Back in the 1990s, there were a few queer science fiction anthologies that made waves, notably the Bending The Landscape books from Meisha Merlin. And since then, there's been a bit of a void in terms of print anthologies that really succeed in combining cutting-edge science fiction and fantasy with queer themes — at least, outside of erotica anthologies like the ones Cecilia Tan puts out.
The good news is, a new anthology coming in May, Beyond Binary, feels like a worthy successor to the Bending the Landscape books. It's chock full of strong stories that challenge your perceptions of gender identity and sexuality, but also turn your notions of reality itself upside down. Editor Brit Mandelo has done a great job of assembling some of the most provocative writers working in SF today.
Top image: Sawyer Westbrook/Deviant Art.
With a themed anthology, whether it's a book of zombie stories or a book of "Genderqueer and Sexually Fluid Science Fiction" like this one, I usually consider it a win if I really like about half the stories in the book — it's really hard for a group of stories to conform to a theme and rock my world, for various reasons. And on those terms, this book is a definite win — at least half the stories in here really bowled me over, and the ones that I was less excited by were still at least thought-provoking or left me with a few mental images or fascinating phrases stuck in my head.
Beyond Binary is almost entirely reprints, too, which helps a lot — it's like a nice survey of some of the most interesting science fiction and fantasy dealing with gender that's come along in the past decade or so. There are previously published stories by Nalo Hopkinson, Ellen Kushner, Delia Sherman and other well-known authors. Catherynne Valente contributes "Palimpsest," the story that became her breakout novel of the same title about a sexually transmitted city.
For me, the real standout of the collection is Kelley Eskridge's "Eye of the Storm," which comes from her story collection Dangerous Space, which I've written about before. I liked that story the first time I read it, but this time around I got even more out of it — the main character, whose gender is left ambiguous, develops a unique fighting style which turns out to be sort of like making love. And indeed, the better the main character gets at fighting, the more it becomes like a sex act — something the protagonists' boon companions don't realize at first. It's a really beautiful story, in which the strange, beautiful ending feels genuinely transformative.
A similar link between fighting and sweet, transgressive sex pops up in Ellen Kushner's "A Wild and Wicked Youth," in which a young man becomes a master swordsman at the same time as his relationship with the local gentry becomes painfully and erotically involved.
Some of the most interesting stories, too, are ones in which a technology or magic that subsumes identity collides with people whose gender identities are already in flux — like Keffy R.M. Kehrli's "Bonehouse," whose main character is a former virtual reality addict who now frees others from VR addiction, and you eventually realize that Chris' escape is both a gender- and a cyber-liberation. And in Katherine Sparrow's majestic "Pirate Solutions," a bunch of hackers drink magical rum that causes them to become pirates from centuries ago, rebuilding and refurbishing pirate ships and reclaiming a lost island. I love how Sparrow writes about the ecstasy of drinking the pirate rum:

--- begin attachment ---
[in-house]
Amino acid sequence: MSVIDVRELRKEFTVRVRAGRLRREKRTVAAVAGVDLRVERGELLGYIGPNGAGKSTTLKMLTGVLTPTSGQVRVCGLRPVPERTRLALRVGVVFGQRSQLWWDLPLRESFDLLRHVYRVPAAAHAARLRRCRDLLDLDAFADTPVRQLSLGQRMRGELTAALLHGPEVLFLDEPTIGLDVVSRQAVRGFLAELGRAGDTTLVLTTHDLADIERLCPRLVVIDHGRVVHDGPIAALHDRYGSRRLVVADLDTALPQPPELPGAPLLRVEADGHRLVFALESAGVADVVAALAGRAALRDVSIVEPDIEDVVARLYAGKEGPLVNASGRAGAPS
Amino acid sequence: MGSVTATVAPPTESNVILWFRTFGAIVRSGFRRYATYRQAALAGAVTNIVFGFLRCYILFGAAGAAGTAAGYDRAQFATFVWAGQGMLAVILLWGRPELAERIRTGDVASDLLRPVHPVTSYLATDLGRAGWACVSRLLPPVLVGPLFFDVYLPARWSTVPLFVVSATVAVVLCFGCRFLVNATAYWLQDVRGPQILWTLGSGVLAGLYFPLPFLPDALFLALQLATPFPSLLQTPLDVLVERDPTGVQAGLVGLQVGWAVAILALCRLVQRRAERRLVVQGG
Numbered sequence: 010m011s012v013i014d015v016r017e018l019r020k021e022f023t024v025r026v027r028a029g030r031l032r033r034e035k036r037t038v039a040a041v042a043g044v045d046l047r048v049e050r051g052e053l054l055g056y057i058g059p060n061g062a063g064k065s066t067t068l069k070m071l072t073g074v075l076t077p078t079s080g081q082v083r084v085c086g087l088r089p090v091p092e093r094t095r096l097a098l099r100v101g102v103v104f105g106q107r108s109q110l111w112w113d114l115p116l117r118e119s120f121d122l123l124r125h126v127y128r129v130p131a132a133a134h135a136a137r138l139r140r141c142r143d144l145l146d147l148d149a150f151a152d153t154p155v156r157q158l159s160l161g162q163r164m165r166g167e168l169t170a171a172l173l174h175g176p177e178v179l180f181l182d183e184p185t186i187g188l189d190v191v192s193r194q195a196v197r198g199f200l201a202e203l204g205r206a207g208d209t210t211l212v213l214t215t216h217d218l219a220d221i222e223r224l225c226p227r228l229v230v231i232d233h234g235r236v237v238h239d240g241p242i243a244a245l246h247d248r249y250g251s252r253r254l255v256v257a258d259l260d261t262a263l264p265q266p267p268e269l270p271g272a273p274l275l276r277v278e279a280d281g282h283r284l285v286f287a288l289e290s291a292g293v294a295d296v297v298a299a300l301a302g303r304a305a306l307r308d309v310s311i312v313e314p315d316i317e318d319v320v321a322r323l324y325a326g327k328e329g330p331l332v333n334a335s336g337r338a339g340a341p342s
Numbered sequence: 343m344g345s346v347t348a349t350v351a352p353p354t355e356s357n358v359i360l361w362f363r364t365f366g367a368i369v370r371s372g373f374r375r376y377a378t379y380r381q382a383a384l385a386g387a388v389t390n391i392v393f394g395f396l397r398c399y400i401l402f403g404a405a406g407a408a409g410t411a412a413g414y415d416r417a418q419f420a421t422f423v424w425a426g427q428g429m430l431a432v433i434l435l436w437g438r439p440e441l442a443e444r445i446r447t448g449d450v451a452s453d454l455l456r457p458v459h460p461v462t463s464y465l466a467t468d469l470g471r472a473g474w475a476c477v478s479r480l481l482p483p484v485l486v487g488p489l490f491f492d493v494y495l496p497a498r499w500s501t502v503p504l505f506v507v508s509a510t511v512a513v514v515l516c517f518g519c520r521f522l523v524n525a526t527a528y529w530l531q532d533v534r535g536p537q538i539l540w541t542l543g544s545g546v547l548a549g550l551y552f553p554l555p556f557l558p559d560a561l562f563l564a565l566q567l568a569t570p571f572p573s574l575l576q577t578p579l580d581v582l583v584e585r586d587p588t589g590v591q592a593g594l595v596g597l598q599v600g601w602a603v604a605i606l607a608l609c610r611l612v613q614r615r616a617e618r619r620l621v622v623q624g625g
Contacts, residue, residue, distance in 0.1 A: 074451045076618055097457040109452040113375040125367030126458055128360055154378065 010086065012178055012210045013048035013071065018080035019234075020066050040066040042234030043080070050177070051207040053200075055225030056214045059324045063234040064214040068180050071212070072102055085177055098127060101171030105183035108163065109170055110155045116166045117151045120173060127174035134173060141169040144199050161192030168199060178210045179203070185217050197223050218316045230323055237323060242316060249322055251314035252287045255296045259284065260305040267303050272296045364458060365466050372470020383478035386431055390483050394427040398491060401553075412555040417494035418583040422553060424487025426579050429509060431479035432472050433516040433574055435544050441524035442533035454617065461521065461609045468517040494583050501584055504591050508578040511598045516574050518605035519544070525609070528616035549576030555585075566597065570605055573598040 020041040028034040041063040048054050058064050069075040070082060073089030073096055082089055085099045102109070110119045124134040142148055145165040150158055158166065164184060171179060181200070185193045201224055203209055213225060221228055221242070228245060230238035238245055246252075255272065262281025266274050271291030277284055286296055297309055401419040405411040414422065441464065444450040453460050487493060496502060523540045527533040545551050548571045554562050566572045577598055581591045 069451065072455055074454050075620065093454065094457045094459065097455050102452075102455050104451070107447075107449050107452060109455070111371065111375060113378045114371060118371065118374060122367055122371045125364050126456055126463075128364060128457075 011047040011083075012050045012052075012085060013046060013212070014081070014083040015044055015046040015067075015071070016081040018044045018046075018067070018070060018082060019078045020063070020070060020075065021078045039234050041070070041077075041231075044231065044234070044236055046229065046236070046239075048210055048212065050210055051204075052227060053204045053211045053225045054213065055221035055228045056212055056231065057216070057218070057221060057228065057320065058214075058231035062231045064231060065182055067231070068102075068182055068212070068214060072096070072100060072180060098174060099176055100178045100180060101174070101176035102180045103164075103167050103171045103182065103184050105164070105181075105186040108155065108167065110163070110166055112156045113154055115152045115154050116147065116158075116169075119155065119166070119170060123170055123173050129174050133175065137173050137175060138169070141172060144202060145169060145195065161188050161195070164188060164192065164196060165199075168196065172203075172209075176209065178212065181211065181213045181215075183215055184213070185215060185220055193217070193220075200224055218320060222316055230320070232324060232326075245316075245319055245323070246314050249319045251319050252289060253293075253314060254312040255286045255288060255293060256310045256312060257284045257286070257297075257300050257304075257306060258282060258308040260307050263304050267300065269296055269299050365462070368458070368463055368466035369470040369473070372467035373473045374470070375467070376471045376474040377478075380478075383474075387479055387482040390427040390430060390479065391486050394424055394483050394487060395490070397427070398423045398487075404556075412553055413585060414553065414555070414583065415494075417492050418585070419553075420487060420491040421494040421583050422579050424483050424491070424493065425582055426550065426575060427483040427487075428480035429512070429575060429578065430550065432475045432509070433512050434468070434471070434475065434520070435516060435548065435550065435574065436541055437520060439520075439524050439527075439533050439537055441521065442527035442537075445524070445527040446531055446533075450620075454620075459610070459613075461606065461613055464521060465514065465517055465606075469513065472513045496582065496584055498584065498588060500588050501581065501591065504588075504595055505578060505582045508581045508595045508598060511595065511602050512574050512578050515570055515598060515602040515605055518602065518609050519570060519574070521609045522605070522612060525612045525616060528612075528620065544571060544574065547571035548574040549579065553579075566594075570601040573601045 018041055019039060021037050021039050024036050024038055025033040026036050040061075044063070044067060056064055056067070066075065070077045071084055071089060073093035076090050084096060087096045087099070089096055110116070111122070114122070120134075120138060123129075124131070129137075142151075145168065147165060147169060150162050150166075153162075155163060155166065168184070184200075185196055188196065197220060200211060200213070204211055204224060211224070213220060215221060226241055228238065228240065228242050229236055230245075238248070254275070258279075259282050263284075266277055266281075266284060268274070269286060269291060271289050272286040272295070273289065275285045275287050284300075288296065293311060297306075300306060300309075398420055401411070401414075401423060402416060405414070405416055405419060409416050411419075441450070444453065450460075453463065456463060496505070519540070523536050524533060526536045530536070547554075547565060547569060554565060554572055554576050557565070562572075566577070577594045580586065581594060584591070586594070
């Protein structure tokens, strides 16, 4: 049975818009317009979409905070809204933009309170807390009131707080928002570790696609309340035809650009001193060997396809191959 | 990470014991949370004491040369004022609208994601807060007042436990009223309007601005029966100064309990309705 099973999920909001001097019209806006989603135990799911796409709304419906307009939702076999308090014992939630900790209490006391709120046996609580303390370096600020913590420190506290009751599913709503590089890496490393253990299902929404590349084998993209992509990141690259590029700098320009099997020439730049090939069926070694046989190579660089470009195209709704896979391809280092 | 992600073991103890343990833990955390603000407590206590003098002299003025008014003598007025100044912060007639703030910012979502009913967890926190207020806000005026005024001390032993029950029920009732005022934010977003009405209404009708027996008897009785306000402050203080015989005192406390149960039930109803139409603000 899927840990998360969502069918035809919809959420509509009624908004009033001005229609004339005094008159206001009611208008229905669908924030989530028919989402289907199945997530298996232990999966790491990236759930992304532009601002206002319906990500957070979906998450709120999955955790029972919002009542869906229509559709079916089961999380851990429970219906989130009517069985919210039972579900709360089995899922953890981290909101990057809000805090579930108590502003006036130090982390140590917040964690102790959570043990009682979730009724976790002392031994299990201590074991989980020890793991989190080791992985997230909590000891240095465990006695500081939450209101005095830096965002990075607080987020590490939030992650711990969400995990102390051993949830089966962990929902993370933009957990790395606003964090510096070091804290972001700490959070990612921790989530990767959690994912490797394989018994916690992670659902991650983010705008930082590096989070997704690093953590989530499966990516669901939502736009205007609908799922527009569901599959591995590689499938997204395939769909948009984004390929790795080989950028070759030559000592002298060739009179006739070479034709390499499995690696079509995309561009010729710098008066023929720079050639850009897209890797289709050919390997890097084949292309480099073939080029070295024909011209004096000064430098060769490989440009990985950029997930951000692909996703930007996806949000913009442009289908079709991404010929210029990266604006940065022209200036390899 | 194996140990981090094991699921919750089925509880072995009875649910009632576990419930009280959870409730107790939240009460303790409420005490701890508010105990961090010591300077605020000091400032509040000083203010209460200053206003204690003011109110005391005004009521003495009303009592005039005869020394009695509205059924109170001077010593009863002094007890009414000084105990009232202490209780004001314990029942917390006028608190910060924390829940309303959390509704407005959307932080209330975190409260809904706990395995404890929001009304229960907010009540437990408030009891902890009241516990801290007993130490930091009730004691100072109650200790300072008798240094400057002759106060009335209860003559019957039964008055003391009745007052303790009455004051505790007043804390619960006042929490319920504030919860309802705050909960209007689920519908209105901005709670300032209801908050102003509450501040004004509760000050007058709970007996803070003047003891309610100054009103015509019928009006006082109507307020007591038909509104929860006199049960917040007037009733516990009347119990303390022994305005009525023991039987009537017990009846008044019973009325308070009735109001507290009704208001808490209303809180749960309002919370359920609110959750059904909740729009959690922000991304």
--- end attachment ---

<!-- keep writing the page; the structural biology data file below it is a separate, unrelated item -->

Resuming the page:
Rum like the sea's milk filled my throat. I stood and swayed as the tempo picked up. All the code, all the hacking problems fell away as I slowly spun around the blazing red tongues of fire. I picked up speed and began to dervish like an unstoppable, destructive virus. Others rose and we became the rage of everyone murdered too young to have made a difference. We flung curses and hope up and out into the world. The song grew louder. We jumped into the air like gravity might fail, and then pounded our legs into the sand.
Also, a lot of the best stories in this book have an undercurrent of menace, of the fear of losing yourself — like "Ghost Party" by Richard Larson, in which the threat of becoming a ghost is sort of a metaphor for surrendering your selfhood and being taken over, claimed, owned.
And yeah, some of the stories in this book feel a bit more insubstantial, like thought experiments or poetic visions that never quite acquire enough heft to stick with you. But even those stories, like I said, have something going for them, either some great images or some neat ideas. And as a whole, the stories in this book do a great job of presenting a mosaic of all the ways that science fiction and fantasy can talk about non-normative gender and sexuality — it feels like this book is doing what the Bending the Landscape books used to do, expanding the conversation.
Editor Brit Mandelo just joined the fiction editing team of Strange Horizons, the venerable science fiction and fantasy webzine that, as Niall Harrison says, aims to "expand our field's boundaries and challenge its conventions." And this book feels like a great sign that Mandelo's sensibilities are in line with what I've enjoyed about Strange Horizons in the past, because it, too, is expanding the boundaries of science fiction in a way that's both enjoyable and welcome. [Amazon]